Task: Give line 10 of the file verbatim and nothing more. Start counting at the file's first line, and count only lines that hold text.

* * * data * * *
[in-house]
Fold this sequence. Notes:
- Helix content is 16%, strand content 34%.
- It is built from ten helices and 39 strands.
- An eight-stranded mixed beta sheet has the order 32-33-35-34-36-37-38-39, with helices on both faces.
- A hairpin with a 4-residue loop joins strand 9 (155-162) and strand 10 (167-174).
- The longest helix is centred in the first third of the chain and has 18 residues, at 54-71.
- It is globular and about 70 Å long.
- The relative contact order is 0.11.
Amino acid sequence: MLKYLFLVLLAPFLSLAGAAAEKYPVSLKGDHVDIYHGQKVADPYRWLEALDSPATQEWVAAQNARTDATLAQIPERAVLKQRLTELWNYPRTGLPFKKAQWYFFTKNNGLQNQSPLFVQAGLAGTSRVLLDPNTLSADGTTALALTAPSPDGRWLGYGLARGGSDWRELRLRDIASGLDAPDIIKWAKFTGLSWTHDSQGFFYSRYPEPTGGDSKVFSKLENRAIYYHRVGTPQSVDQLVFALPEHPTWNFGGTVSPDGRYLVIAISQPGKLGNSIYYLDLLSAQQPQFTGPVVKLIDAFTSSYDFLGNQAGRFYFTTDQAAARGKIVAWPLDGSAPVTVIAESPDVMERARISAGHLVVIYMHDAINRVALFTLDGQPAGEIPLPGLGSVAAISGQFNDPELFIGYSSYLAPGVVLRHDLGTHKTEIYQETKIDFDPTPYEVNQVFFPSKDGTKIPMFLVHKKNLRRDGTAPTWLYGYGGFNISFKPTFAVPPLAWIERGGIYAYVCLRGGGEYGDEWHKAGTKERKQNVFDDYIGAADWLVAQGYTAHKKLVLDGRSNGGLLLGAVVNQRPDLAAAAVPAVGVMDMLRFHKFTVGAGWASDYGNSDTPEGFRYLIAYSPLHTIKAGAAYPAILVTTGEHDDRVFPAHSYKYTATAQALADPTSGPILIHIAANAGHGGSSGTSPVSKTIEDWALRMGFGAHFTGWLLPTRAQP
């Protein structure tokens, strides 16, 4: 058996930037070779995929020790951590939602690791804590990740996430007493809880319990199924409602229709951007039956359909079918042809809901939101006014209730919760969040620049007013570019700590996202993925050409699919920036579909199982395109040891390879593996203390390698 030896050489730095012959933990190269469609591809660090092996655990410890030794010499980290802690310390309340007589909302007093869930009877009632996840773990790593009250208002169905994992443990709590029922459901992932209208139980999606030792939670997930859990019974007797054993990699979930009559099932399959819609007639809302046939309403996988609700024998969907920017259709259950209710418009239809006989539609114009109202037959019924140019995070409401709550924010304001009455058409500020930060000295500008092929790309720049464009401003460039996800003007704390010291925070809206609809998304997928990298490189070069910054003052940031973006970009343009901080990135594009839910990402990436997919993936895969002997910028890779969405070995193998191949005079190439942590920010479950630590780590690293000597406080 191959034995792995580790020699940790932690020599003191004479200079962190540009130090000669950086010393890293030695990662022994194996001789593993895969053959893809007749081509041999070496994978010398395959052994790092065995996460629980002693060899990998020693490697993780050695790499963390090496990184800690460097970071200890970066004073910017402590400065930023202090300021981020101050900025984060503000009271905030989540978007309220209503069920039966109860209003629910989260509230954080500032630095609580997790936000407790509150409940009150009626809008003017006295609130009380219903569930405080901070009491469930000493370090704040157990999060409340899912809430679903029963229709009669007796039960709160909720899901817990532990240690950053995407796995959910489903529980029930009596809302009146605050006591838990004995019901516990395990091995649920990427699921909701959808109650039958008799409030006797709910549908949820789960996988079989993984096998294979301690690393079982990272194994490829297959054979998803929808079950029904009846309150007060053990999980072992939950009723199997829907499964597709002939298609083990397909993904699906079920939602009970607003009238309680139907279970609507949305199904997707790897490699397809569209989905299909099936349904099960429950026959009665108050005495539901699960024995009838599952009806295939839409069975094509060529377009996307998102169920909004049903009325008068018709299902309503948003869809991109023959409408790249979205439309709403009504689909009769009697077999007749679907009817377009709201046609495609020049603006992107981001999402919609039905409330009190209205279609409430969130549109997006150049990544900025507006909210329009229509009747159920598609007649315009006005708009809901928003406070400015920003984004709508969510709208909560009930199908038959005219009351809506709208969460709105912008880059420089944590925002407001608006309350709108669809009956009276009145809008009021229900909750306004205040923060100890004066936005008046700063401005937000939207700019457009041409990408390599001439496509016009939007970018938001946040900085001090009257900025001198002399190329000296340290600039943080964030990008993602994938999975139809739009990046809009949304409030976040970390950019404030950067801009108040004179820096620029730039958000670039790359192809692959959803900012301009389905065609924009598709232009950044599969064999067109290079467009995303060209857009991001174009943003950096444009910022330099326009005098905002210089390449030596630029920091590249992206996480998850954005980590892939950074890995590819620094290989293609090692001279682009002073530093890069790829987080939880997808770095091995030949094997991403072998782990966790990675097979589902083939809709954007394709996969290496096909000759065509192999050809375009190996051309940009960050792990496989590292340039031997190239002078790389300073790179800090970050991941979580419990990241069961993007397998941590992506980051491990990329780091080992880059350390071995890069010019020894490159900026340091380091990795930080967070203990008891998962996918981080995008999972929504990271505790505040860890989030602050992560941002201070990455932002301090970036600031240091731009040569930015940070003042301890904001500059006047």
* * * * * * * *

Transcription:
Amino acid sequence: MLKYLFLVLLAPFLSLAGAAAEKYPVSLKGDHVDIYHGQKVADPYRWLEALDSPATQEWVAAQNARTDATLAQIPERAVLKQRLTELWNYPRTGLPFKKAQWYFFTKNNGLQNQSPLFVQAGLAGTSRVLLDPNTLSADGTTALALTAPSPDGRWLGYGLARGGSDWRELRLRDIASGLDAPDIIKWAKFTGLSWTHDSQGFFYSRYPEPTGGDSKVFSKLENRAIYYHRVGTPQSVDQLVFALPEHPTWNFGGTVSPDGRYLVIAISQPGKLGNSIYYLDLLSAQQPQFTGPVVKLIDAFTSSYDFLGNQAGRFYFTTDQAAARGKIVAWPLDGSAPVTVIAESPDVMERARISAGHLVVIYMHDAINRVALFTLDGQPAGEIPLPGLGSVAAISGQFNDPELFIGYSSYLAPGVVLRHDLGTHKTEIYQETKIDFDPTPYEVNQVFFPSKDGTKIPMFLVHKKNLRRDGTAPTWLYGYGGFNISFKPTFAVPPLAWIERGGIYAYVCLRGGGEYGDEWHKAGTKERKQNVFDDYIGAADWLVAQGYTAHKKLVLDGRSNGGLLLGAVVNQRPDLAAAAVPAVGVMDMLRFHKFTVGAGWASDYGNSDTPEGFRYLIAYSPLHTIKAGAAYPAILVTTGEHDDRVFPAHSYKYTATAQALADPTSGPILIHIAANAGHGGSSGTSPVSKTIEDWALRMGFGAHFTGWLLPTRAQP